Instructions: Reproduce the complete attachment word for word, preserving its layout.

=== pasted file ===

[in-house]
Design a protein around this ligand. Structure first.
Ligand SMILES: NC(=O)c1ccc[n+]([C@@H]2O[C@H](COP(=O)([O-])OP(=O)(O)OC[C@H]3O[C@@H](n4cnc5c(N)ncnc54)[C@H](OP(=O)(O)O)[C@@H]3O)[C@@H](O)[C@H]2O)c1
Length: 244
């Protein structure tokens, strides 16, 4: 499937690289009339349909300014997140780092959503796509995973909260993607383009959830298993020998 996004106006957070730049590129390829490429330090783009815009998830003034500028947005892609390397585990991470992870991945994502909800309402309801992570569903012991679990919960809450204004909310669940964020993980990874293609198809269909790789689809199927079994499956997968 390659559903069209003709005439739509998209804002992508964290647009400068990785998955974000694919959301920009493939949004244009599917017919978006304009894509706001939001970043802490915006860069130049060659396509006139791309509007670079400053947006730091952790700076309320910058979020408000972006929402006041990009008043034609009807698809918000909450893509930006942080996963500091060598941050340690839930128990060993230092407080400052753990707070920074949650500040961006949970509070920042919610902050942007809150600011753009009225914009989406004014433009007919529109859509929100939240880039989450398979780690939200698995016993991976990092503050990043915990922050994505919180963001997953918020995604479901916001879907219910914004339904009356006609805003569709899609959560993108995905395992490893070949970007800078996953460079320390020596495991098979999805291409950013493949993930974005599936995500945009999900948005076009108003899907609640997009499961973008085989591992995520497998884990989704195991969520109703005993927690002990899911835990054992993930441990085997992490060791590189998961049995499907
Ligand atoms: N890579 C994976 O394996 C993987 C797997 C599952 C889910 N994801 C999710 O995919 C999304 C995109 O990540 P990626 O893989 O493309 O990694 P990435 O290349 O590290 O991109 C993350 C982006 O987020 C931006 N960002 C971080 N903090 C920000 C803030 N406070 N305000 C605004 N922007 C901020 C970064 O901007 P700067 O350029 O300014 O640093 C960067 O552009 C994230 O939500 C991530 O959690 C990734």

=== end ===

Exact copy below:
[in-house]
Design a protein around this ligand. Structure first.
Ligand SMILES: NC(=O)c1ccc[n+]([C@@H]2O[C@H](COP(=O)([O-])OP(=O)(O)OC[C@H]3O[C@@H](n4cnc5c(N)ncnc54)[C@H](OP(=O)(O)O)[C@@H]3O)[C@@H](O)[C@H]2O)c1
Length: 244
């Protein structure tokens, strides 16, 4: 499937690289009339349909300014997140780092959503796509995973909260993607383009959830298993020998 996004106006957070730049590129390829490429330090783009815009998830003034500028947005892609390397585990991470992870991945994502909800309402309801992570569903012991679990919960809450204004909310669940964020993980990874293609198809269909790789689809199927079994499956997968 390659559903069209003709005439739509998209804002992508964290647009400068990785998955974000694919959301920009493939949004244009599917017919978006304009894509706001939001970043802490915006860069130049060659396509006139791309509007670079400053947006730091952790700076309320910058979020408000972006929402006041990009008043034609009807698809918000909450893509930006942080996963500091060598941050340690839930128990060993230092407080400052753990707070920074949650500040961006949970509070920042919610902050942007809150600011753009009225914009989406004014433009007919529109859509929100939240880039989450398979780690939200698995016993991976990092503050990043915990922050994505919180963001997953918020995604479901916001879907219910914004339904009356006609805003569709899609959560993108995905395992490893070949970007800078996953460079320390020596495991098979999805291409950013493949993930974005599936995500945009999900948005076009108003899907609640997009499961973008085989591992995520497998884990989704195991969520109703005993927690002990899911835990054992993930441990085997992490060791590189998961049995499907
Ligand atoms: N890579 C994976 O394996 C993987 C797997 C599952 C889910 N994801 C999710 O995919 C999304 C995109 O990540 P990626 O893989 O493309 O990694 P990435 O290349 O590290 O991109 C993350 C982006 O987020 C931006 N960002 C971080 N903090 C920000 C803030 N406070 N305000 C605004 N922007 C901020 C970064 O901007 P700067 O350029 O300014 O640093 C960067 O552009 C994230 O939500 C991530 O959690 C990734």